bearcat "s" history & story
The most notable change to the rear of the Bearcat "S" is the new 'flat' trunk lid shown with the optional luggage rack. One of the reasons for the hump on the Bearcat trunk lid was to provide additional structural integrity to an otherwise flat panel. Replacing the old lid with the new flat design was a great aesthetic improvement, but it resulted in noticeable flexibility of the lid. The addition of a luggage rack to the flat lid provided structural integrity reducing the flexibility of the lid. The change also resulted in a small reduction to the capacity of the trunk. The use of Pinto tail lights (installed upside down) continued with the early Bearcat "S" cars.
Art Herschberger was very effective in marketing Blakely automobiles. He produced a number of carefully crafted brochures that told the Blakely story. In this photo you see two Bearcat "S" and his wife who was also involved in the marketing effort.
The early 80's was a very active time for the kit-car industry with a number of companies producing a wide range of kit choices. Art traveled to events across the country. During that period I ran into him at a kit-car show in Columbus, Ohio and later at Knotts Berry Farm in California.
By 1980 Art was working on a number of modifications to the Bearcat "S" in an effort to increase sales. Photos of the "S-I" and "S-2" show a gradual evolution of the Bearcat. The first change appears to have been the removal of the roll bar and changes to the interior while still retaining the Bearcat fenders, windshield frame and grill. The Bearcat "S-2" introduced the new Bernardi style fenders and hood but still was called the Bearcat. The introduction of a greatly improved soft top and windshield frame were likely the final improvements resulting in the introduction of the new Bernardi.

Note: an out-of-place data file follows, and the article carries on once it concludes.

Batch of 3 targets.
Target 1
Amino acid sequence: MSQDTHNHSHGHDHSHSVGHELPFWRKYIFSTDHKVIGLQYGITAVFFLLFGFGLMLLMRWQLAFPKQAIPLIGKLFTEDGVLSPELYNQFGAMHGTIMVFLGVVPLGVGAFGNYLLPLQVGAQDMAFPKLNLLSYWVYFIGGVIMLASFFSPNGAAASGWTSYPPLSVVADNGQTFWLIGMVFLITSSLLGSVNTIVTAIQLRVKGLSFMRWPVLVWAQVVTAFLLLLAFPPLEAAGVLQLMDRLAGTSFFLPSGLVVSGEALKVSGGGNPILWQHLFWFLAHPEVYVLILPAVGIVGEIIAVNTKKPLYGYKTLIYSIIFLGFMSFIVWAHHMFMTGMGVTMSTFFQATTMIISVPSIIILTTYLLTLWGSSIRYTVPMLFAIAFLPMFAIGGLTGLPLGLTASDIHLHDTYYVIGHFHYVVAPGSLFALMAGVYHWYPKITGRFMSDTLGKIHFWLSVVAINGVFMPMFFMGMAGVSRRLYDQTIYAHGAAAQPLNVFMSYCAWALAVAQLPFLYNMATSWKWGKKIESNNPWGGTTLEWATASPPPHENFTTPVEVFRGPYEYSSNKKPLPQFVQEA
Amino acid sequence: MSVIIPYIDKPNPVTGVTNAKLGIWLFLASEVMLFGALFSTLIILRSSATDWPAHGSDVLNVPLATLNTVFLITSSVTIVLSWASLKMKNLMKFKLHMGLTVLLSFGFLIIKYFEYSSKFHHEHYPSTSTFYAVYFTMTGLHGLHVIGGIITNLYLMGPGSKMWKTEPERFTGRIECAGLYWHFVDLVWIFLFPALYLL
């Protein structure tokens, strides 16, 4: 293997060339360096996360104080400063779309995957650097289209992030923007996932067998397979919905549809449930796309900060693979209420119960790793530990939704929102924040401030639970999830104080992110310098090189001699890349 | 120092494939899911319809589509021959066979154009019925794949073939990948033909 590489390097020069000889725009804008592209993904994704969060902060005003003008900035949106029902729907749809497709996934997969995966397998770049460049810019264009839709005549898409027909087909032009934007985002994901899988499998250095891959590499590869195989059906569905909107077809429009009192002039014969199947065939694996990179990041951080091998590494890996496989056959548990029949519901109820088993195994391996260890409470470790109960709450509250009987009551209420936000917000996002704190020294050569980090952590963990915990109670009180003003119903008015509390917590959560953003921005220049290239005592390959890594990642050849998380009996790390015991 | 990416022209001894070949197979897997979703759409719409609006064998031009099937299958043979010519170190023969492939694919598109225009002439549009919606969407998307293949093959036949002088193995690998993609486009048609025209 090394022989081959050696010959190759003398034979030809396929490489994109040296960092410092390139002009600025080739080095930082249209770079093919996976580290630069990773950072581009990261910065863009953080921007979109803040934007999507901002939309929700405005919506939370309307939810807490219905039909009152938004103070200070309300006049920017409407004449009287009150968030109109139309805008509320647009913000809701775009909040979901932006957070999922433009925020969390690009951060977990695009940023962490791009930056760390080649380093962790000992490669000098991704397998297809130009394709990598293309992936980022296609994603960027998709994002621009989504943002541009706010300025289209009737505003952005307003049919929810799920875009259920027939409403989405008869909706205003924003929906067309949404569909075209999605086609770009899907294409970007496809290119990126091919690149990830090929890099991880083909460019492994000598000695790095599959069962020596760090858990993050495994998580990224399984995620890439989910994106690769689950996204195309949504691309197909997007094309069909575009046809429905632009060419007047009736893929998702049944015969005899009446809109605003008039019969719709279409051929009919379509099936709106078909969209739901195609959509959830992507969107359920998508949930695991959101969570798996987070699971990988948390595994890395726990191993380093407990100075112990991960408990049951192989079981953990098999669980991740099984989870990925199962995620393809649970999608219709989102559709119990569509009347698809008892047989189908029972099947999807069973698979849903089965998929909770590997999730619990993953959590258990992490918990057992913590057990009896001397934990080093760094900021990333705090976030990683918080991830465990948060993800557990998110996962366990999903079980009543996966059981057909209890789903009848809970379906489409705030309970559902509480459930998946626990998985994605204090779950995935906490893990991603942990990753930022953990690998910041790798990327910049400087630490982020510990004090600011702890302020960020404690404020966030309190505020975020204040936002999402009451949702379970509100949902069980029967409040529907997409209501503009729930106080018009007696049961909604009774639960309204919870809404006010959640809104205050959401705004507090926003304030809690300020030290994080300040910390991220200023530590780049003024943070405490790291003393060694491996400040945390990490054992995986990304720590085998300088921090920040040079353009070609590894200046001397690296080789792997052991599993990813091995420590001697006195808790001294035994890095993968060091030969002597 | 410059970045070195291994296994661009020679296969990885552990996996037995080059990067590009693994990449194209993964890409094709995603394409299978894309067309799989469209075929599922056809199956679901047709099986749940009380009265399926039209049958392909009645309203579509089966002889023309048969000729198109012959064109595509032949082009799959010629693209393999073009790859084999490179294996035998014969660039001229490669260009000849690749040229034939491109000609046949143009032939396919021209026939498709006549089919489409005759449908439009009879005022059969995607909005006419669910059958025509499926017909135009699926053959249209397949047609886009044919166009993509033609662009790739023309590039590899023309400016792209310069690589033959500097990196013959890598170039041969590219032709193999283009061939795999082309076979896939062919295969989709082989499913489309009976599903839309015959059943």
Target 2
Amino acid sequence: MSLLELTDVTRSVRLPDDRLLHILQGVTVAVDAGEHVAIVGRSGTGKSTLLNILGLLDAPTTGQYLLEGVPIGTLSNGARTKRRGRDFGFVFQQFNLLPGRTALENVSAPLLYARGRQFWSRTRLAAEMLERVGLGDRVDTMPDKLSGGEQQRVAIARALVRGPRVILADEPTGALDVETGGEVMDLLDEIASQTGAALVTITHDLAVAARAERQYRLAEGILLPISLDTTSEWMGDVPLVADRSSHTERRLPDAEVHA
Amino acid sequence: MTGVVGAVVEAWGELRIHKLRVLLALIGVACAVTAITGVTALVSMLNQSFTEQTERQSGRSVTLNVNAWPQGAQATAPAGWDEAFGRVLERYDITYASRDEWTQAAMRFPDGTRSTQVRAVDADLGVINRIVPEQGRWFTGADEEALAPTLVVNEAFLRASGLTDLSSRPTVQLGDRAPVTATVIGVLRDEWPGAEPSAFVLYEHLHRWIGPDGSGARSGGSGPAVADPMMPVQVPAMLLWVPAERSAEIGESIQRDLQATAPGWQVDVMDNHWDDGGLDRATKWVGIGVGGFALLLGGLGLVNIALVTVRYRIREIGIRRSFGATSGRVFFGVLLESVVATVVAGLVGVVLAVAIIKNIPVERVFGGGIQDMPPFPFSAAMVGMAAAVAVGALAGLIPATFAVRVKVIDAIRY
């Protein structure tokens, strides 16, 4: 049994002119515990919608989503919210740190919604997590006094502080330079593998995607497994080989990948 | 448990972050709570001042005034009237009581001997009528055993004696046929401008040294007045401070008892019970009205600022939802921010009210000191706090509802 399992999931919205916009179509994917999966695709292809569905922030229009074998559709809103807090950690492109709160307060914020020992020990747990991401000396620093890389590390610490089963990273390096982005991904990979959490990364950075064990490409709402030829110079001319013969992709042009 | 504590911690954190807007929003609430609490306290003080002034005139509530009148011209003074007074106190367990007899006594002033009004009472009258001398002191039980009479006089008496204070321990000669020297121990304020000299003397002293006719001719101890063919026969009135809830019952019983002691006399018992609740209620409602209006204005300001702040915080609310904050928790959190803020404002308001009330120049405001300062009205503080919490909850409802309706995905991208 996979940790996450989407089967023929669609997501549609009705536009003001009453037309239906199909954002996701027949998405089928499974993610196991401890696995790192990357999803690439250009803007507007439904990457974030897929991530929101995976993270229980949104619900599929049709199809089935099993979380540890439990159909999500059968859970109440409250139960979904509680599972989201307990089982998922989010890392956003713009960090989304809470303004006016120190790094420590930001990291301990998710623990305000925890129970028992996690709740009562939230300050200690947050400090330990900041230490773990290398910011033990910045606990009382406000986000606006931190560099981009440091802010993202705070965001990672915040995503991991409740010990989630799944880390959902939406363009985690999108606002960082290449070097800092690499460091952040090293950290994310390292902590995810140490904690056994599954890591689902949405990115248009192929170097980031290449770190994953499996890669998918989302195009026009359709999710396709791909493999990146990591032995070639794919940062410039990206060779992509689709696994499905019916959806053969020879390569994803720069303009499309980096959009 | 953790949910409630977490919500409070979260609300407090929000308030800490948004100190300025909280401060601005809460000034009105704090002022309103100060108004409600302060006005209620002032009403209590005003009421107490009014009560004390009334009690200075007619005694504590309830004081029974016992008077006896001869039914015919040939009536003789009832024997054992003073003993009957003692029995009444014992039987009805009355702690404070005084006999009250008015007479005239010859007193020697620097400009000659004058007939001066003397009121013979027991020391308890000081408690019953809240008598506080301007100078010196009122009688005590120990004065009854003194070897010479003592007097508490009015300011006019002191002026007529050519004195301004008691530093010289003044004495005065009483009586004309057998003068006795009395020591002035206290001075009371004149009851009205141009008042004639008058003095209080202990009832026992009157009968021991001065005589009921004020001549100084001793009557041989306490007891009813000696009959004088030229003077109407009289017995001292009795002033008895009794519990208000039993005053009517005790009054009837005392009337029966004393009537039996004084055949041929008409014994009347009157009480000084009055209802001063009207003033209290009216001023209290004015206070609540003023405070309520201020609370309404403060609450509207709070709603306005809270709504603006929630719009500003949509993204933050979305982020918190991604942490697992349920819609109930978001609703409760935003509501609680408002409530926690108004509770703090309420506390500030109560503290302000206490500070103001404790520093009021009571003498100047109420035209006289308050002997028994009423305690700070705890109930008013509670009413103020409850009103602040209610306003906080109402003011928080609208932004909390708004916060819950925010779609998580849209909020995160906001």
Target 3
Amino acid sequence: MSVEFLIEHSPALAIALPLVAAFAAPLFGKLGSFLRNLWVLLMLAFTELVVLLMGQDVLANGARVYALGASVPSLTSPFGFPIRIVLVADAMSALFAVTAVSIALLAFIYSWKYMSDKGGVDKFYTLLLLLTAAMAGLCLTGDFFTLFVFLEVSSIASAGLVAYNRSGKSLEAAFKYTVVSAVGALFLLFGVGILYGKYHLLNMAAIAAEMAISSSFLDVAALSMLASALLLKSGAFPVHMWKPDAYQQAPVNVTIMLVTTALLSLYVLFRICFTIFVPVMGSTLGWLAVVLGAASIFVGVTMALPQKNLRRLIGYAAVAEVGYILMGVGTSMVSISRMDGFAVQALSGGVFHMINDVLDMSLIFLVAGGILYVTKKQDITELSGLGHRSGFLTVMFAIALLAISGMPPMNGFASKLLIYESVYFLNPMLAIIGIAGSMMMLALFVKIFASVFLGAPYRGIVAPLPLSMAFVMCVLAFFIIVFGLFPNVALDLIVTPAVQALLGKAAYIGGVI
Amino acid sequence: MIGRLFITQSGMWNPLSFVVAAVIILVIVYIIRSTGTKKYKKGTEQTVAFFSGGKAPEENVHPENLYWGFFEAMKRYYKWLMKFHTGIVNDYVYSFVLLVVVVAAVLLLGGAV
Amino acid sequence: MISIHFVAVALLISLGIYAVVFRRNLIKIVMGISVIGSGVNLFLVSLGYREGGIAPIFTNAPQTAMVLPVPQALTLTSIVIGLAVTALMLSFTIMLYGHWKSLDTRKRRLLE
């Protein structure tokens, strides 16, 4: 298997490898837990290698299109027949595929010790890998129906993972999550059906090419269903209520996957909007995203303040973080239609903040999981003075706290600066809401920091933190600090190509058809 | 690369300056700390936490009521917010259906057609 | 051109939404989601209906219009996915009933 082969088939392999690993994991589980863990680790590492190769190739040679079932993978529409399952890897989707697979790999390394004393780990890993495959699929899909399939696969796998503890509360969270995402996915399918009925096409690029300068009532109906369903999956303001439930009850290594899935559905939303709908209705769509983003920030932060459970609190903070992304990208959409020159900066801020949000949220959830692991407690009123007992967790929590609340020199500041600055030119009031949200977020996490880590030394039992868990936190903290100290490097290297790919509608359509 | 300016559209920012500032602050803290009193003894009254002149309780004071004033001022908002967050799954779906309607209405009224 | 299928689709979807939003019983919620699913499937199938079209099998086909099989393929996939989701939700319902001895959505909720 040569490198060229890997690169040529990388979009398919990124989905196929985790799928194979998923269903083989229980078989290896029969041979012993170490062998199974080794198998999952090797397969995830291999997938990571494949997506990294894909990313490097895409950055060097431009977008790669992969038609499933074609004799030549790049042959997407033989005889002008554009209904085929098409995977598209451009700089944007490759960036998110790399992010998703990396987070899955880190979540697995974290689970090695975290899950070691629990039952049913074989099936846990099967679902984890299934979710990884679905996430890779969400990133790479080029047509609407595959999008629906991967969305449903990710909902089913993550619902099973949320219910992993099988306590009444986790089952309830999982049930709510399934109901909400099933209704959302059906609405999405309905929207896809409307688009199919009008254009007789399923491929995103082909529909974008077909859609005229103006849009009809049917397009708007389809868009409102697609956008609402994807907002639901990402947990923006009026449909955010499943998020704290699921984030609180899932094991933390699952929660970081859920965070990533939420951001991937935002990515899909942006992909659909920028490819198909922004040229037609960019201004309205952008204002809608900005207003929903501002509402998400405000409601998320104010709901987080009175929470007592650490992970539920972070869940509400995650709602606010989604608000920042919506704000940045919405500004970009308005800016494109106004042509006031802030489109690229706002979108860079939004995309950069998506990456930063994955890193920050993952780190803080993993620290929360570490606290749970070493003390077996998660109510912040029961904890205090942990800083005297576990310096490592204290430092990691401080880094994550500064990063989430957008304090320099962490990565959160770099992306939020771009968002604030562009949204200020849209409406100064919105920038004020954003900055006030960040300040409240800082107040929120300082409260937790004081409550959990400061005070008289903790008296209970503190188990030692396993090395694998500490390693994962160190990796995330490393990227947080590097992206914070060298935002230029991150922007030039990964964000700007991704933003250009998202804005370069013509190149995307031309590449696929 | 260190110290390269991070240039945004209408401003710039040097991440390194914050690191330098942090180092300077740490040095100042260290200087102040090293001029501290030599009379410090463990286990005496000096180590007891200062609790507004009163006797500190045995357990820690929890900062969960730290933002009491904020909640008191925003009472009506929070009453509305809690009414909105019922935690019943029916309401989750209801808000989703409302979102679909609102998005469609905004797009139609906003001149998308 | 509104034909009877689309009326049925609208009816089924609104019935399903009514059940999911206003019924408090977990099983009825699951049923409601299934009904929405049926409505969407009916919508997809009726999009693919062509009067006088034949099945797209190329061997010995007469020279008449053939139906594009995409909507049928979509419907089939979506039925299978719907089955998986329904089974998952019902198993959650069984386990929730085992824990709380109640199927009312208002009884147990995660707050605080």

This is an interesting Blakely. It has the three 'gill' hood of the Bearcat "S" and turn signals atop the fenders, yet it has a Bearcat trunk lid. The chrome rear bumper replaces the earlier black fiberglass (over steel) bumper that incorporated the Pinto lighting units. The relocation of the rear lights is an unexpected, but interesting, clean.surprise. Do they represent an experiment by Blakely Auto Works, or were they installed by an early owner?
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